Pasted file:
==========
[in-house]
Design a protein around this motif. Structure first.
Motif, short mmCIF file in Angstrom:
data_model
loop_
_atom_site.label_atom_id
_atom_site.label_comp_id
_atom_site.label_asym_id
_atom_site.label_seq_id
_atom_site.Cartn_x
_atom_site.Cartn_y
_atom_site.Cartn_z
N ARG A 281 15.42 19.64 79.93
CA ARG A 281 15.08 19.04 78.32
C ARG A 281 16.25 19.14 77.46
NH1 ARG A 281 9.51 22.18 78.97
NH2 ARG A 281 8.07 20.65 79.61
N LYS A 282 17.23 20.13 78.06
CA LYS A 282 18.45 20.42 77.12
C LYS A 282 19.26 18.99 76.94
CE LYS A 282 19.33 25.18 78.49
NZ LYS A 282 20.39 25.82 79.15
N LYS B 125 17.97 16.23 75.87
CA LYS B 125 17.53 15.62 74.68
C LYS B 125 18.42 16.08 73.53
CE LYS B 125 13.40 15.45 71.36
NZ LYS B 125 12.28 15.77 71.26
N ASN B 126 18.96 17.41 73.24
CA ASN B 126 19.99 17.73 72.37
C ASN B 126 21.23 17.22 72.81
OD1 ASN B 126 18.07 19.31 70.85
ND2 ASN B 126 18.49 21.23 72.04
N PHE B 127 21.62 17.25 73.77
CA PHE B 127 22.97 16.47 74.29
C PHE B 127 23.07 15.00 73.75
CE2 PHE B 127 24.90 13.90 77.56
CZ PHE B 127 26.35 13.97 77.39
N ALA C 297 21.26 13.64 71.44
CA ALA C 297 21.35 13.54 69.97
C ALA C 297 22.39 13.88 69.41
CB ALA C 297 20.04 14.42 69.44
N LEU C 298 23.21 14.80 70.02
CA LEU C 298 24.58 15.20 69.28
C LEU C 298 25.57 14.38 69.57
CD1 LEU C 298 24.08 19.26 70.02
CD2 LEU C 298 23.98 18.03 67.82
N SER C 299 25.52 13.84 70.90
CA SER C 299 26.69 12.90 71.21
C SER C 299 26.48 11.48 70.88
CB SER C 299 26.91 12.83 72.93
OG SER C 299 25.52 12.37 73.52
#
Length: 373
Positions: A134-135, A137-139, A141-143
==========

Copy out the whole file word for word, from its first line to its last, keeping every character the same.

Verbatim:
[in-house]
Design a protein around this motif. Structure first.
Motif, short mmCIF file in Angstrom:
data_model
loop_
_atom_site.label_atom_id
_atom_site.label_comp_id
_atom_site.label_asym_id
_atom_site.label_seq_id
_atom_site.Cartn_x
_atom_site.Cartn_y
_atom_site.Cartn_z
N ARG A 281 15.42 19.64 79.93
CA ARG A 281 15.08 19.04 78.32
C ARG A 281 16.25 19.14 77.46
NH1 ARG A 281 9.51 22.18 78.97
NH2 ARG A 281 8.07 20.65 79.61
N LYS A 282 17.23 20.13 78.06
CA LYS A 282 18.45 20.42 77.12
C LYS A 282 19.26 18.99 76.94
CE LYS A 282 19.33 25.18 78.49
NZ LYS A 282 20.39 25.82 79.15
N LYS B 125 17.97 16.23 75.87
CA LYS B 125 17.53 15.62 74.68
C LYS B 125 18.42 16.08 73.53
CE LYS B 125 13.40 15.45 71.36
NZ LYS B 125 12.28 15.77 71.26
N ASN B 126 18.96 17.41 73.24
CA ASN B 126 19.99 17.73 72.37
C ASN B 126 21.23 17.22 72.81
OD1 ASN B 126 18.07 19.31 70.85
ND2 ASN B 126 18.49 21.23 72.04
N PHE B 127 21.62 17.25 73.77
CA PHE B 127 22.97 16.47 74.29
C PHE B 127 23.07 15.00 73.75
CE2 PHE B 127 24.90 13.90 77.56
CZ PHE B 127 26.35 13.97 77.39
N ALA C 297 21.26 13.64 71.44
CA ALA C 297 21.35 13.54 69.97
C ALA C 297 22.39 13.88 69.41
CB ALA C 297 20.04 14.42 69.44
N LEU C 298 23.21 14.80 70.02
CA LEU C 298 24.58 15.20 69.28
C LEU C 298 25.57 14.38 69.57
CD1 LEU C 298 24.08 19.26 70.02
CD2 LEU C 298 23.98 18.03 67.82
N SER C 299 25.52 13.84 70.90
CA SER C 299 26.69 12.90 71.21
C SER C 299 26.48 11.48 70.88
CB SER C 299 26.91 12.83 72.93
OG SER C 299 25.52 12.37 73.52
#
Length: 373
Positions: A134-135, A137-139, A141-143